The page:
The Army headquarters was stacked floor to ceiling with cartons of tinned food and bags of rice that British soldiers and civilians had helped Salvationists salvage from bombed-out warehouses, according to Tan. In addition to the paper guaranteeing safe passage, the Salvationists were also given one day to move as much of the food as they could haul to 30 Oxley Road.
During the Japanese Occupation, while male European Salvationists were interned, two European women officers were able to continue their work outside the internment camp for several months before they were taken in. Together with the Asian Salvationists like Tan, they were dressed in their white Army uniforms and identified with arm bands issued by the Japanese.
Although lasting less than four years, the Japanese Occupation left Singapore with scores of social issues: poverty, homelessness, hunger, crime, broken families, juvenile delinquency, gambling, opium addiction, and displaced and missing persons.
The organisation of the War Relief Fund brought the interned Army officers quickly back to active duty. They took charge of the entire operation “including investigation and relief distribution, from a relief centre set up in the Victoria Memorial Hall”. The fund was set up when the British Military Administration (BMA) demonetised the currency used during the Japanese Occupation.
So quickly did the Army work that by October 1945, Colonel Bertha Grey, the first matron of the girls’ home on River Valley Road and the social secretary of the Army, had gotten the homes going again and Salvationists were staffing the People’s Restaurants. These “restaurants” scattered in town provided cheap meals for workers amid rising food prices. They had been started by the newly set-up Social Welfare Department established in April 1946 when the BMA ended.
The People’s Restaurants sold affordable and nutritious lunches to the masses, 1947. Courtesy of Ministry of Communication and Information.
On top of training to be Salvationists, many were also taught to undertake the social work tasks that were part and parcel of their evangelical work. In fact, the Army had been the only agency training social workers until the Department of Social Work was set up in the University of Malaya in 1952. Because Salvationists were among the earliest to receive social work training as part of their evangelical mission, some became the pioneer staff at the new Social Welfare Department.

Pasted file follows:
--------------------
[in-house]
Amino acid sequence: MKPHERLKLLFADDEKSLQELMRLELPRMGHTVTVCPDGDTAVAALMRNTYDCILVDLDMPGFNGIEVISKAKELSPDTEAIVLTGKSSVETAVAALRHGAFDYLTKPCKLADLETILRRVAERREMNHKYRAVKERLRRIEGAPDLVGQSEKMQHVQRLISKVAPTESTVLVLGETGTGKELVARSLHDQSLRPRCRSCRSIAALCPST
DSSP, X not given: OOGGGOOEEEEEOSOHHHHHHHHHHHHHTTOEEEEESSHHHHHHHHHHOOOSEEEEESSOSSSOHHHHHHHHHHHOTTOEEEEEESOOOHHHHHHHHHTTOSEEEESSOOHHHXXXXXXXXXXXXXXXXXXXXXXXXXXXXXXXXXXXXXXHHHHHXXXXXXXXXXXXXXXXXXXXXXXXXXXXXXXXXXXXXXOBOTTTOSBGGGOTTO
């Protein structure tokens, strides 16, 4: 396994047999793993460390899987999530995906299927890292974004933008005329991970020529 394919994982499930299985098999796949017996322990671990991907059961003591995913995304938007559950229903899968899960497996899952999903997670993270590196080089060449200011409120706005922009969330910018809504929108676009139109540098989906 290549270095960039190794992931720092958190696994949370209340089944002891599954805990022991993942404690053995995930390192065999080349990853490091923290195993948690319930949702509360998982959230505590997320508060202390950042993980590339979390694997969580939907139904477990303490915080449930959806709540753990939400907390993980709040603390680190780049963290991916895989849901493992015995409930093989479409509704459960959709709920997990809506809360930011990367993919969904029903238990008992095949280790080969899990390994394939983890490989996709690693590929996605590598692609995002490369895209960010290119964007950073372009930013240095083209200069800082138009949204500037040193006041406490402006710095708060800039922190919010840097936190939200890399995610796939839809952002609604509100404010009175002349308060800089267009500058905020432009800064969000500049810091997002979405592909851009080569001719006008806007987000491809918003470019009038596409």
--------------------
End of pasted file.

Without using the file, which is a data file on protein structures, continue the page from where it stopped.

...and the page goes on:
“Usually, most of the staff that helped the Social Welfare came from the Salvation Army,” said Tan. “You see, there was nothing, nobody was trained. Nobody was able to do the work… The practical part of it [running the homes and providing social services] was all run by most of the Salvation Army officers.”
In the immediate postwar years, the Army also undertook the arduous process of restoring their war-damaged Temple House headquarters. So named because of its Chinese-style architecture (known today as the House of Tan Yeok Nee), the property had been leased in January 1938 as the Army’s headquarters. A property then of the Church of England, it had once been a residence for girls called St Mary’s Home.
House of Tan Yeok Nee at the junction of Clemenceau Avenue and Penang Road, 1955. It served as the Salvation Army’s headquarters from 1938 to 1991. Marjorie Doggett Collection, courtesy of National Archives of Singapore.
In 1940, the Army had acquired the place for $50,000 with a loan of $25,000 from the Straits Settlements government and a grant of $25,000 from its London headquarters. The building also became a training centre and accommodation for married officers. Restoration took six years, and in 1951, Governor of Singapore Franklin Gimson officially opened the building as The Salvation Army Command Headquarters.
In 1959, Lord, the officer who had gotten the Salvation Army to such an excellent start in 1935, returned to Singapore for a last visit. (After his release from internment at the end of the Japanese Occupation, Lord had returned to duty in Seoul in 1946. Unfortunately, he was captured by the North Koreans at the outbreak of the Korean War (1950–53) and interned until 1953.) Lord was reported to have been amazed at Singapore’s political development. “I sincerely hope that the building of a new Asia is done on sound principles of democracy, righteousness and political integrity,” he said.
Lord would have been even more amazed to find out that the Salvation Army headquarters he had purchased in 1940 for $50,000 was sold in 1991 for $20 million. That sum was used to finance its new and larger headquarters in Bishan, which opened in 1994.
Today, the Salvation Army in Singapore runs a host of programmes for children and youth, the elderly, migrant workers, former prisoners and the general community. It runs Gracehaven, a children’s home; the Peacehaven Nursing Home; Carehaven, a shelter for foreign domestic workers; and a few thrift stores around Singapore.
Lee Geok Boi
is an editorial consultant and author of several books focusing on aspects of Singapore’s pre- and postwar history. Cookbooks are her special interest.